Ivanka Trump, the daughter and adviser of President Donald Trump, unveiled the plan at a meeting of the National Council for the American Worker, an advisory group that Ivanka Trump helps lead. "We need to modernize our higher-education system to make it more affordable, flexible and outcomes-oriented, so all Americans, young and old, can learn the skills they need to secure and retain good-paying jobs," Ivanka Trump said on a call with reporters.
A primary goal of the proposal is to curb the growth of college tuition rates and reduce the nation's student debt load, which has reached nearly $1.5 trillion and has more than tripled since 2003. The White House's proposed solution is to cap federal loan programs available to students' parents and to graduate students. The plan doesn't propose specific limits, but officials suggested it could vary based on academic program.
Underpinning that idea is a belief that colleges are largely responsible for the nation's debt woes. The White House says easy access to federal aid has led colleges to drive up prices, adding that they are "unable or unwilling" to make education more affordable.
Colleges often argue they have been forced to raise tuition to make up for reduced funding from their states. Many Democrats have echoed that position, with some calling for greater government support for schools.
Sen. Patty Murray, the top Democrat on the Senate education committee, says the plan misses the "root cause" of the problem: "that college costs are rising exponentially and most students can't afford college without taking on massive amounts of debt."
"In fact, this proposal would end up hurting students by reducing the amount of federal aid for students and taking billions out of the pockets of borrowers," she said. Borrower advocates said they welcome attention to the topic but don't think the White House plan will help. Federal loans for students' parents and graduate students total about $25 billion a year, compared to $151 billion in total federal student loans.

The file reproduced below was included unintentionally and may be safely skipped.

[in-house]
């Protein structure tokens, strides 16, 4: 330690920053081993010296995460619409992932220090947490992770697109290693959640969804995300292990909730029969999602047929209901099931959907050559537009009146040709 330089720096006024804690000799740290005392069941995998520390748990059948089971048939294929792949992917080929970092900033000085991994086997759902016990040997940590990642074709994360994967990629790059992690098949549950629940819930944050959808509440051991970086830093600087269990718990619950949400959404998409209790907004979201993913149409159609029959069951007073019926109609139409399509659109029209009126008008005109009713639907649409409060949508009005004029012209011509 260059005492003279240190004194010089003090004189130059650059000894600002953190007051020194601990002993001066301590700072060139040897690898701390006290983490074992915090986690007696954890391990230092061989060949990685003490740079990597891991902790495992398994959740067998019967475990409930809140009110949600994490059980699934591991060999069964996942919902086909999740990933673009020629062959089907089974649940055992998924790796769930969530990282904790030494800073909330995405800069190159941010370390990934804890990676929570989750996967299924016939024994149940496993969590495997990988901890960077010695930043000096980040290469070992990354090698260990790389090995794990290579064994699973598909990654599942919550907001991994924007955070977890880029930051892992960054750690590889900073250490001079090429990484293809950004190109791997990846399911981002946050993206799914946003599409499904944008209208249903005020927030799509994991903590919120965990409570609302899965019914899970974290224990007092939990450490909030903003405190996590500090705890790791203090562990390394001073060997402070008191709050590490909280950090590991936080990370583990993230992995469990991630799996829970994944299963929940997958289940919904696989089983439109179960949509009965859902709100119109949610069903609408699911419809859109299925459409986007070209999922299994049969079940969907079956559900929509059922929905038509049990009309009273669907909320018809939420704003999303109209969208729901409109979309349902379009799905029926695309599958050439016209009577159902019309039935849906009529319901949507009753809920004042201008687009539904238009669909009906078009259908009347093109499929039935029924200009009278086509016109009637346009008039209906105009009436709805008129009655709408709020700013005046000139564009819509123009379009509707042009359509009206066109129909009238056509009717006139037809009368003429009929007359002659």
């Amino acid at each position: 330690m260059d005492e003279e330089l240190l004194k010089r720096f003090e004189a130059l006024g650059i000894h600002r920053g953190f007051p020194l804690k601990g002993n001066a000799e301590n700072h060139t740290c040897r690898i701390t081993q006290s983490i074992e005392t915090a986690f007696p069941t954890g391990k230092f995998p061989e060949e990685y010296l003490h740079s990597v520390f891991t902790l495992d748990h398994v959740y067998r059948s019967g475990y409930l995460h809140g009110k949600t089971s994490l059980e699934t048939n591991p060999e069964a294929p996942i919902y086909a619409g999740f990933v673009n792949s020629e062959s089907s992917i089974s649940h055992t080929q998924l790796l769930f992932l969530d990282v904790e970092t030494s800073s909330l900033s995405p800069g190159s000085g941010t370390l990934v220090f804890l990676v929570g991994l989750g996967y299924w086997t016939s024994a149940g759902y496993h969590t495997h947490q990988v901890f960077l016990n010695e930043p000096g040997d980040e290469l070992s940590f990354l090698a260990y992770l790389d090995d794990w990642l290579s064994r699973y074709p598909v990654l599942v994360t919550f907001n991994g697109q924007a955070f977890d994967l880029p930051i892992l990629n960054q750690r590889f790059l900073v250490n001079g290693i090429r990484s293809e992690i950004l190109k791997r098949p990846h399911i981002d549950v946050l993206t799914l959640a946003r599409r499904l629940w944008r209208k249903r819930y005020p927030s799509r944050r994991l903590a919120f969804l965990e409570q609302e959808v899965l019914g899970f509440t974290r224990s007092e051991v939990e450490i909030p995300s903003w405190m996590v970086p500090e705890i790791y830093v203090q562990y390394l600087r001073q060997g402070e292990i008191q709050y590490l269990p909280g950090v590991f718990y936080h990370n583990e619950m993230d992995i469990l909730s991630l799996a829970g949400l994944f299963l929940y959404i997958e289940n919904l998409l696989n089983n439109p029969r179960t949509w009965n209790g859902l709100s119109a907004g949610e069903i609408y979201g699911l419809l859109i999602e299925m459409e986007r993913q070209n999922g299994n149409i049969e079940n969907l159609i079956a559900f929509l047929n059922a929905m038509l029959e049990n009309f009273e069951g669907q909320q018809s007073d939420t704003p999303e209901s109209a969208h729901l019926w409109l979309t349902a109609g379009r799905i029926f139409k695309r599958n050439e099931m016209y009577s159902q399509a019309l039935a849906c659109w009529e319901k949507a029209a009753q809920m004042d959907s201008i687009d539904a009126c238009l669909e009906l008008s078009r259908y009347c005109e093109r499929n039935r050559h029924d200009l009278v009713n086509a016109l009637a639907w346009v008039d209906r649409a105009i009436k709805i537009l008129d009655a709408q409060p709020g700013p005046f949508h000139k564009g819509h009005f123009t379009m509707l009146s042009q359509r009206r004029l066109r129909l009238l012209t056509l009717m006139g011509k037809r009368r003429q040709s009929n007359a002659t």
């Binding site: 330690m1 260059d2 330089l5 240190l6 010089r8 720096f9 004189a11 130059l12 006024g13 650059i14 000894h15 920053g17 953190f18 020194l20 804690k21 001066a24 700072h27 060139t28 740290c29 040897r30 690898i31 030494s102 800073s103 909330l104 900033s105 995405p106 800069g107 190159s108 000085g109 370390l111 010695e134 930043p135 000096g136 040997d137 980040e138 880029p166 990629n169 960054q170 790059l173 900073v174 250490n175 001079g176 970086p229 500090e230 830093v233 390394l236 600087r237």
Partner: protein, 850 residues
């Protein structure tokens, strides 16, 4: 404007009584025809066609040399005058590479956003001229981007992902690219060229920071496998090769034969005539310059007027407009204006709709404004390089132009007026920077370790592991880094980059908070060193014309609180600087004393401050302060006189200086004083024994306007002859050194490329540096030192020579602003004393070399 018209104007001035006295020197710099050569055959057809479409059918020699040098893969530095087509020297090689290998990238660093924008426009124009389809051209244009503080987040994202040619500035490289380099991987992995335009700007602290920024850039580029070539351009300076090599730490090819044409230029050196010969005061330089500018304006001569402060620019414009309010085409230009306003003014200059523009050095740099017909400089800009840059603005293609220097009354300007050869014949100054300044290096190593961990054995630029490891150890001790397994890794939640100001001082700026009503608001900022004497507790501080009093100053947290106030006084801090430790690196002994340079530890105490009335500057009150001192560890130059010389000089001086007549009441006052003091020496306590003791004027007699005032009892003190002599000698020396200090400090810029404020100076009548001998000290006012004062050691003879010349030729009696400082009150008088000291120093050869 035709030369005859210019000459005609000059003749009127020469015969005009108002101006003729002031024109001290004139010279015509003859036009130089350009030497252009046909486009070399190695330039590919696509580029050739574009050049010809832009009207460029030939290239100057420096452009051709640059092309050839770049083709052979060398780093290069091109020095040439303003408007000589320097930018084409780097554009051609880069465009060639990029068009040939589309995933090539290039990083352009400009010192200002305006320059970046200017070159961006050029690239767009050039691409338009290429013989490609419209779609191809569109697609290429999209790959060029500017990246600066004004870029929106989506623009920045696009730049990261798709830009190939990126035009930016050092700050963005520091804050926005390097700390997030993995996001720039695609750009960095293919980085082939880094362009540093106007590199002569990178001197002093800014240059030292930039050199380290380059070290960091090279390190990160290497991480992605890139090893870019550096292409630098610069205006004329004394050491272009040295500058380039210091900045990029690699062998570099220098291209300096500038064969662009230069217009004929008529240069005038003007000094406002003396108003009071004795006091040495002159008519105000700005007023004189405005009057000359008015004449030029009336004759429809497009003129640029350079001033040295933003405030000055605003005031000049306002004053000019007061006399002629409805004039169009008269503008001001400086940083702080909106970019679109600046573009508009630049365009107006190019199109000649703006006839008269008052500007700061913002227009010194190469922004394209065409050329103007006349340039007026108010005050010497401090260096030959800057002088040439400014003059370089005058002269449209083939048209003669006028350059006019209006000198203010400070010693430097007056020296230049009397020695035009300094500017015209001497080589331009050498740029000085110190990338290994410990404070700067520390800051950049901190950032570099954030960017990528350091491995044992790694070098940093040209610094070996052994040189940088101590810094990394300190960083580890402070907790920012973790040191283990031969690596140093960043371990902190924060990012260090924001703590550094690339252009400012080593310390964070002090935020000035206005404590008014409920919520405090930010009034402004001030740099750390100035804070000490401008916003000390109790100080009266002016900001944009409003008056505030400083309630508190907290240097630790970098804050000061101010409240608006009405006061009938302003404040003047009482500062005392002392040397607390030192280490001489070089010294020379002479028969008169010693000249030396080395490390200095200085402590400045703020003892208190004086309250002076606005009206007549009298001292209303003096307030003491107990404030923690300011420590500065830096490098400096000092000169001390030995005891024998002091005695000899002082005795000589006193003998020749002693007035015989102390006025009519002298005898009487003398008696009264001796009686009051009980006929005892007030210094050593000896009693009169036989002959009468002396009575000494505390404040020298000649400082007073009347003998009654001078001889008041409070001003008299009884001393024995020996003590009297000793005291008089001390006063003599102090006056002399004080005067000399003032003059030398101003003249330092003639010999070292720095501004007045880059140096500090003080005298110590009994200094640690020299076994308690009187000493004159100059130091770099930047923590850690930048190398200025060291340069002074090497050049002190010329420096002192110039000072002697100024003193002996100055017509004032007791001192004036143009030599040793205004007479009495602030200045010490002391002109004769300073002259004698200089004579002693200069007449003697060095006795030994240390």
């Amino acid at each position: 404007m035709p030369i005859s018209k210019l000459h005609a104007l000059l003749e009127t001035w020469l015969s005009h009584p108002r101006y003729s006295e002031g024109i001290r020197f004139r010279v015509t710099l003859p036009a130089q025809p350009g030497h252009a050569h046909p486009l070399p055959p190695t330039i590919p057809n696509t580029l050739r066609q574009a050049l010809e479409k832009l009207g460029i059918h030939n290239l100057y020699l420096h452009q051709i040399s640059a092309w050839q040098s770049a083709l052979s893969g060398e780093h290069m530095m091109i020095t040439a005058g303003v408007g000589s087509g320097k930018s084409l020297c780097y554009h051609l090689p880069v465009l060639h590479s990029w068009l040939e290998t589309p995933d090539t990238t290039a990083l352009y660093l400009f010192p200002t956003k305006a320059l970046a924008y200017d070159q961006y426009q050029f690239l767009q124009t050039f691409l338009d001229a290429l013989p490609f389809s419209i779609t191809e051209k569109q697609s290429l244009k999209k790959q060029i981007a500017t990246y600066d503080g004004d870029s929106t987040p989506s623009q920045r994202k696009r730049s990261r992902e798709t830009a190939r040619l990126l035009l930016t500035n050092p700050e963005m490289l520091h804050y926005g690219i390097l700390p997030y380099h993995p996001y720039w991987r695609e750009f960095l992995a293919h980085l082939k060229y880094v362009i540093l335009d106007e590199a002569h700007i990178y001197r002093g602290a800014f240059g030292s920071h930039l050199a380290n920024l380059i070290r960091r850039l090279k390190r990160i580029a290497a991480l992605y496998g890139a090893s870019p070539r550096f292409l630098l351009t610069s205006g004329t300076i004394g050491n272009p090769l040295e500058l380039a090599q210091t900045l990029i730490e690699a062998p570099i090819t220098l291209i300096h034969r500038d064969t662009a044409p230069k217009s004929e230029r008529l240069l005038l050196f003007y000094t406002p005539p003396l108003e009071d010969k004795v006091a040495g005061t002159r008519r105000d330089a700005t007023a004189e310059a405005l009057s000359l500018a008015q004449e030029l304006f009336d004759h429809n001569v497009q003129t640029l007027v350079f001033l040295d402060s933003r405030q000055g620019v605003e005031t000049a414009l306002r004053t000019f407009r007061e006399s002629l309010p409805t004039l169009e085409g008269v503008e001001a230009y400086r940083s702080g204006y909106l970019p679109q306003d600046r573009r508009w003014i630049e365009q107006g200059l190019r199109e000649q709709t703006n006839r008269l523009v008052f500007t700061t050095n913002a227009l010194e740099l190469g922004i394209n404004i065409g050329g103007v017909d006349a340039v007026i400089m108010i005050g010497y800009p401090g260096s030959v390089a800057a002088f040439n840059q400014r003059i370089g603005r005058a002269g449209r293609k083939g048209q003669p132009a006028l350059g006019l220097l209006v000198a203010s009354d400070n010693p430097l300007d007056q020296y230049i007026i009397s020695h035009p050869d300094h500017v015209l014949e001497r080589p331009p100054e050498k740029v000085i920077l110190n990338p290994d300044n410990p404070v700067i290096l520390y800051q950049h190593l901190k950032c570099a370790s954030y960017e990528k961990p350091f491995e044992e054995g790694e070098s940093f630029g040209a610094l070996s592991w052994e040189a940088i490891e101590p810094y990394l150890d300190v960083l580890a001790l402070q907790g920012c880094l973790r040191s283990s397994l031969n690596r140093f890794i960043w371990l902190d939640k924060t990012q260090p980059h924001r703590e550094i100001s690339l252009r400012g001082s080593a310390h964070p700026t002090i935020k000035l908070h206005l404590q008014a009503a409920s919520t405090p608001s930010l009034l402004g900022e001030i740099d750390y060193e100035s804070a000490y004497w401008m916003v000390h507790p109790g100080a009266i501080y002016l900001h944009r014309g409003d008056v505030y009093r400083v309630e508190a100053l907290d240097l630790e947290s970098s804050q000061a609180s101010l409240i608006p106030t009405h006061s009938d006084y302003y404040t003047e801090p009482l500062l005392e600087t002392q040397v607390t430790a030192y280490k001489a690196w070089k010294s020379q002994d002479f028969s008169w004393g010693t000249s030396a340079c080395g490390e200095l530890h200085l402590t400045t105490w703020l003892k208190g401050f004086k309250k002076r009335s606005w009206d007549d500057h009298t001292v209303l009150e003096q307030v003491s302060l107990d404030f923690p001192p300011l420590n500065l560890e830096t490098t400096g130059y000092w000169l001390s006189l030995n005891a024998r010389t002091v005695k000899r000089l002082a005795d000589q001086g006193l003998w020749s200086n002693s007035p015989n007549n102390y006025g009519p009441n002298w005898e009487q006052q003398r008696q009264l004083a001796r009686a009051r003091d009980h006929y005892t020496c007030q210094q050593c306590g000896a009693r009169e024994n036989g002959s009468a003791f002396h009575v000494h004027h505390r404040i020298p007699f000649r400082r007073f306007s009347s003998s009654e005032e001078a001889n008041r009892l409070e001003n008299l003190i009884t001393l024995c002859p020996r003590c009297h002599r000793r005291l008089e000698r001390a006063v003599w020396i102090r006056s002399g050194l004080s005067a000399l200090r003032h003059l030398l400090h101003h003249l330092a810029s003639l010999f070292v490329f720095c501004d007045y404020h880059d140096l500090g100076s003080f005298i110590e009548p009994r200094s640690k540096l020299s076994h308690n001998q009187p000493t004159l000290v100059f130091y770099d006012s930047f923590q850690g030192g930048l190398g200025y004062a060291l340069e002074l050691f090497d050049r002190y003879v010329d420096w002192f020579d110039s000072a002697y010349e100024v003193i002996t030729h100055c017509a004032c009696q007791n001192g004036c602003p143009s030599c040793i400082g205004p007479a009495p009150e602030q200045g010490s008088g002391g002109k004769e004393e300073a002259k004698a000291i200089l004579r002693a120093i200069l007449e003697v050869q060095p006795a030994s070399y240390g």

James Kvaal, president of the nonprofit Institute for College Access & Success, said the plan takes the wrong approach, adding that there's "no evidence" the availability of federal loans has led to higher college costs.
"The solution is to invest more in Pell scholarships for low-income students, to work with states to make public colleges and universities more affordable," said Kvaal, who is also a former policy adviser to President Barack Obama.
White House officials say they also want to simplify the loan repayment process, a goal shared with Sen. Lamar Alexander, R-Tenn., who chairs the Senate education committee and is leading the push to update the Higher Education Act.
Lamar said it is "helpful" to have the White House's perspective as he works with Democrats on the overhaul. "I share the administration's goals to make a college education worth it and to make it simpler to apply for federal student aid and pay back student loans," he said.
Several items on the White House's wish list were also included in the Education Department's budget proposal for next year, including the elimination of public service loan forgiveness, a program that can erase debt for certain borrowers after 120 months of repayment.
Instead, the White House says all federal borrowers should get undergraduate debt wiped clean after 180 months of repayment. Education Secretary Betsy DeVos praised the White House plan as "an important roadmap for working with Congress to rethink higher education and pass meaningful reforms." She added that legislation to simplify lending "should be passed immediately."
The White House is also asking Congress to make federal Pell grants available to be used in short-term certificate programs, and to take other steps intended to help workers gain skills outside of traditional colleges and universities.
"The higher education system has been slow to adapt to the changing nature of work," the White House said. "Millions of jobs remain unfilled in part due to a lack of Americans with appropriate skills."
Congress is still in the early stages of its work to reauthorize the Higher Education Act. Alexander has made it his mission to update the legislation before he retires in two years. The law, originally signed in 1965, received its last major update in 2008.
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